Saturday, 26 May 2018

Hyndman's Utopia

Towards the end of Chushichi Tsuzuki’s H.M. Hyndman and British Socialism (1961) you come across this exciting sentence: ‘Two notable pieces of writing by Hyndman were published posthumously … One of these was a pamphlet called Introduction to ‘The Life to Come’.  Hyndman had planned to write a utopia in the vein of Edward Bellamy’s Looking Backward or Morris’s News from Nowhere, and this was to be called The Life to Come: only a prefatory section, however, was completed before his death’. 

So you then dutifully chase up that pamphlet, which was published by the Hyndman Literary Committee in 1926, only to feel some disappointment.  Of its thirty-odd pages, the first half surveys the history of utopian thought from Plato to Marx and Engels, while the second half enunciates the general principles of a socialist utopia as Hyndman sees it without, however, getting down to the task of giving them fictional embodiment – which is precisely, of course, when worthy political platitudes start to get interesting.

And yet Hyndman did have a very genuine interest in literary utopia, it appears.  In the pamphlet he mentions a lecture called ‘The First Monday Morning under Socialism’ which he used to deliver ‘frequently’ in the early 1880s: ‘I endeavoured to show how a visitor to a Socialist community established long years after he had joined the majority would be received, and what he would see going on around him’.  It would be interesting to know if William Morris ever sat through that lecture in the early days of the Democratic Federation.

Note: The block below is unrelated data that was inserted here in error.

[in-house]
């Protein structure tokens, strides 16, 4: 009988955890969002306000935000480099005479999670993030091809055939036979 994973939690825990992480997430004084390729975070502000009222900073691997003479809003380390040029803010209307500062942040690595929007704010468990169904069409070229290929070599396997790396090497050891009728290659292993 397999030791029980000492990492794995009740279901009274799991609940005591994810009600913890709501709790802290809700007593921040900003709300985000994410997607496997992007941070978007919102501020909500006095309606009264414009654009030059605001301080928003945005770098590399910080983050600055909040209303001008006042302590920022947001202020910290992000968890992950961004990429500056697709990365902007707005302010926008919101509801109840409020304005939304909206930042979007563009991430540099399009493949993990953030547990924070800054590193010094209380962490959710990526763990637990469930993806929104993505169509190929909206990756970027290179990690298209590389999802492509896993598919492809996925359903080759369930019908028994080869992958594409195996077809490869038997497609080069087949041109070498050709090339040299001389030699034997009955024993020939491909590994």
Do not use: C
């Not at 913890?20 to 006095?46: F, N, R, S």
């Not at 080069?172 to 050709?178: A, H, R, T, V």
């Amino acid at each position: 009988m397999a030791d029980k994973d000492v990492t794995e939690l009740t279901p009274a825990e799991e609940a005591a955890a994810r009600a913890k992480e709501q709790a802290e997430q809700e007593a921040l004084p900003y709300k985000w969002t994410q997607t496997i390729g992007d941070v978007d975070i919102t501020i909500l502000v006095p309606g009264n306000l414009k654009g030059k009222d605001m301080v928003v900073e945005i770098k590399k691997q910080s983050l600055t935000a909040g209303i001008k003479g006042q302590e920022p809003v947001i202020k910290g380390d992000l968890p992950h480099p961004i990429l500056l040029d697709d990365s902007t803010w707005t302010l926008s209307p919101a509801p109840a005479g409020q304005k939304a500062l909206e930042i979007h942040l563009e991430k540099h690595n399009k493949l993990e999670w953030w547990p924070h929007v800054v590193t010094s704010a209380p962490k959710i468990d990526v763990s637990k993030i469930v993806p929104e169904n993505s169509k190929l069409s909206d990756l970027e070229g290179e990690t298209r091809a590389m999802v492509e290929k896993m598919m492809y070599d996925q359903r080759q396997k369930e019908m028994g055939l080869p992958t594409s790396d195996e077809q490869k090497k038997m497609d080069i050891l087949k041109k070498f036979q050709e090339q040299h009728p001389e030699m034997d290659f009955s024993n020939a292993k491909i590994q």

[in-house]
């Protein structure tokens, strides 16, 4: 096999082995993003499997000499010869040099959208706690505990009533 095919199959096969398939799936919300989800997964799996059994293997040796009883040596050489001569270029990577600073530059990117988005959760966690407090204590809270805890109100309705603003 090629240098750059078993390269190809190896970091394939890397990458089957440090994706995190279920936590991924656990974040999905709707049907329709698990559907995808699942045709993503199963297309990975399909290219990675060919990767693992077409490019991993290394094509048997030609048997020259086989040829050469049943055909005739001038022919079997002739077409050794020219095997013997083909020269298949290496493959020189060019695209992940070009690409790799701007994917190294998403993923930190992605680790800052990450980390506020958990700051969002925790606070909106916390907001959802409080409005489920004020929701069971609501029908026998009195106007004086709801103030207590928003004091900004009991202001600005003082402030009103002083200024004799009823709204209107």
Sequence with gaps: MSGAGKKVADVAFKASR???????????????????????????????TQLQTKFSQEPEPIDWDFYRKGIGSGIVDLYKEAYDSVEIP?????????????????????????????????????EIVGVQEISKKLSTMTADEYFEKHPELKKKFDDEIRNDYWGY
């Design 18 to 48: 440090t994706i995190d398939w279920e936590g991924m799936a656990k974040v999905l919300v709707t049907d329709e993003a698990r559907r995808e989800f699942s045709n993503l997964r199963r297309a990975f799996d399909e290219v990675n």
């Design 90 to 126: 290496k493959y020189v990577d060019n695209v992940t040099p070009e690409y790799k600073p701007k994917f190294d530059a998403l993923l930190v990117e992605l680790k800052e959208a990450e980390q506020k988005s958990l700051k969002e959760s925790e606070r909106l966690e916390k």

Hyndman’s wife Rosalind suggests that a much fuller version of his utopia did actually exist: ‘As I read it at Lelant it was a series of visions of a glorious London, and a happy and blooming England, under the future Co-operative Comonwealth of Social-Democracy.  It left upon the reader’s mind an impression of unbroken sunshine’.  Perhaps this utopia was too sunny indeed, for she also mentions a joint writing scheme whereby she would ‘put in all the shadows’ she thought necessary.  But death intervened and this never happened.

Does that fuller version of Hyndman’s utopia The Life to Come still exist anywhere – fictionally embodied rather than just generally sketched out, as in the pamphlet?  What a startling literary-political find that would be, if the dusty manuscript should ever turn up in some attic or basement somewhere.

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